Ans. Just as we universally consider ‘Hamlet’ synonymous to ‘tragedy’ or ‘Lolita’ to the genre of ‘novel similarly in modern India in the languages of Kannada and Marathi ‘Kadambari’ has been recognised as the meaning of ‘novel, romance, fiction or tale’. The entire credit should go to the extent of acceptance and admiration that the novel has achieved through the passage of time. And this achievement is a direct result of the beautiful method of narration of the love story of the Moon God and Kadambari.

By bringing in several major and minor characters and many complex situations and co-incidents throughout the two lives of the central characters the long narrative keeps its reader amalgamated to the text in full attention. Probably this is the reason why Banabhatta is regarded as the storyteller par excellence for centuries in India.

Certain auto-biographical elements are beautifully inserted into the text when Vaishampayana, the parrot narrator of the story describes his own tragic situation of . loosing his mother in his very childhood and being brought up by father in the Vindhya forest. That poor father too is brutally slaughtered in the hand of the hunters and the severely traumatised Vaishampayana looses all directions in life till he comes to the hermitage of Jabali. By virtue of such personal account at the very beginning the story told by the parrot narrator at once surpasses the boundaries of mere subjective narration and reaches to the inner palpable recesses of the readers.

The story-line of Kadambari may be described in short as follows. Pundarika is born as the son of the Goddess of fortune and the sage Svetaketu. Pundarika happens to fall in love with Mahasweta but owing to his ascetic’s vow, cannot come to a happy ending with his love. He attains the end of a dissatisfied life for his unfulfilled love hinting at the possible rebirth. The rebirth invariably takes place in the shape of Vaishampayana. The moon God also reincarnates as Candrapeeda. In this life Chandrapeeda woos Kadambari before succumbing to the curse and Vaishampayana courts Mahasweta, but unfortunately is cursed by her and dies to be reborn as a parrot.

One day the parrot who is former Vaishampayana and former Pundarika is brought to the court of the king Sudraka who is again by fortune the reincarnated form of Chandrapeeda. It is at the court of the king that the entire story is narrated and all the identities are revealed. Sudraka and the parrot narrator grieve to death at being separated from their beloveds in previous birth. At their death the body of Chandrapeeda revives by the grace of moon God; Pundarika is also brought back earth from heaven and the two divine couple unite after a vivid waiting for more than two complete life-cycles.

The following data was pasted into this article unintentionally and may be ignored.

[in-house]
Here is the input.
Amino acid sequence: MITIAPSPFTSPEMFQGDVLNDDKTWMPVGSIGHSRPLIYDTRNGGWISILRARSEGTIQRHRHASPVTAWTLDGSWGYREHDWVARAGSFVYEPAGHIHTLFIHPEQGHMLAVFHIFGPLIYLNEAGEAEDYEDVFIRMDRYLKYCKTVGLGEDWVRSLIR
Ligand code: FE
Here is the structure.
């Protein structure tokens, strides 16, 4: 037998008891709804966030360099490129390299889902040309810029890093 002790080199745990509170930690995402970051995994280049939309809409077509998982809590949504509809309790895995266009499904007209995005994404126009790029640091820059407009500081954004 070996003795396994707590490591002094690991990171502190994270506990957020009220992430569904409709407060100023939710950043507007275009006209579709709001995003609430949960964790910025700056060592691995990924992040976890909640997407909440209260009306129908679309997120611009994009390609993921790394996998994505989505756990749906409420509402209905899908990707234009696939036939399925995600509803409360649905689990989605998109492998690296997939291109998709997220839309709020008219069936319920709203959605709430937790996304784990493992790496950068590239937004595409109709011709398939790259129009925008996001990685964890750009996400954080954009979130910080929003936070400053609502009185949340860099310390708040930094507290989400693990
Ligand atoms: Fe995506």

The beautifully arranged narration of the story is vibrant with the theme of rebirth, reinforced on several occasions by denotation, connotation and allusions, narrated in a way that sets up the theme and then reiterates it; with enormous suspense suggests, echoes the same and finally comes to rest just like the ocean involves into a chaotic and destructive phenomena in tumultuous tempest, but at the end of it becomes the same calm and soothing panorama of crystal blue water.

In order to maintain the suspense in the story not disturbing the unity of plot Bana has implemented several unique techniques which to define with Aristotle are, the ‘frame, the ‘prism’ and the ‘time machine’. It is also to be noted that the storyteller is named ‘Vaishampayana’ who is the major narrator in the great Mahabharata as well. In the universally acclaimed texts like Decameron and Canterbury Tales the technique of ‘framing’ takes place.

It is the method of telling multiple stories within a story. Now, Kadambari is a story told to king Sudraka by parrot-narrator Vaishampayana about the story told to him by the hermit Jabali. Within this is a story told to Chandrapeeda by Mahasweta about a story told by Kapinjala. Ovid’s Metamorphosis and Indian Mahabharata are renowned for the use of the story telling technique called ‘prism’, which just like the dispersing of light leaves clues to certain events to come or the completion of the story at its beginning itself.

In Kadambari also Vaishampayana and the other subsequent narrators introduce their story with a series of questions, thereby causing more intense involvement from the reader. The third technique called ‘time machine’ reflects to an indigenous idea, as the name suggests, to a time travel by virtue of mere narration of the story. In Kadambari both the narrator and the prime listener are unaware about their own identity which will be revealed with the appearance of Goddess Lakshmi. But during the course of the story they have travelled to myriads of time zones effortlessly being completely ignorant that somewhere in those time frames is hiding their true relevance with the story itself.

In disguise of an oblivious parrot who can only repeat what he is taught and can never understand a bit of the same here in Kadambari the irony is intensified because the same parrot is honoured by being mythologically connected to the chief narrator of Mahabharata and at the end through stories within stories his actual identity is exposed as to be the pivotal character of the story. Hence both the narrator and the narrated are made one and the circle of their long longed love becomes complete.


Q.3. Comment of the plot construction of Kadambari.

Ans. After the great epics of the Ramayana and Mahabharata and the legendary works by Kalidasa it is definitely Kadambari that demands attention not only because of its historical and mythological importance but also for its single-handedly woven plot that is no less than a modern day romantic novel in world literature. It meticulously follows the treaties of Bharata named Natyasastra of fourth Century A.D providing a guideline to the plot structure of a narrative.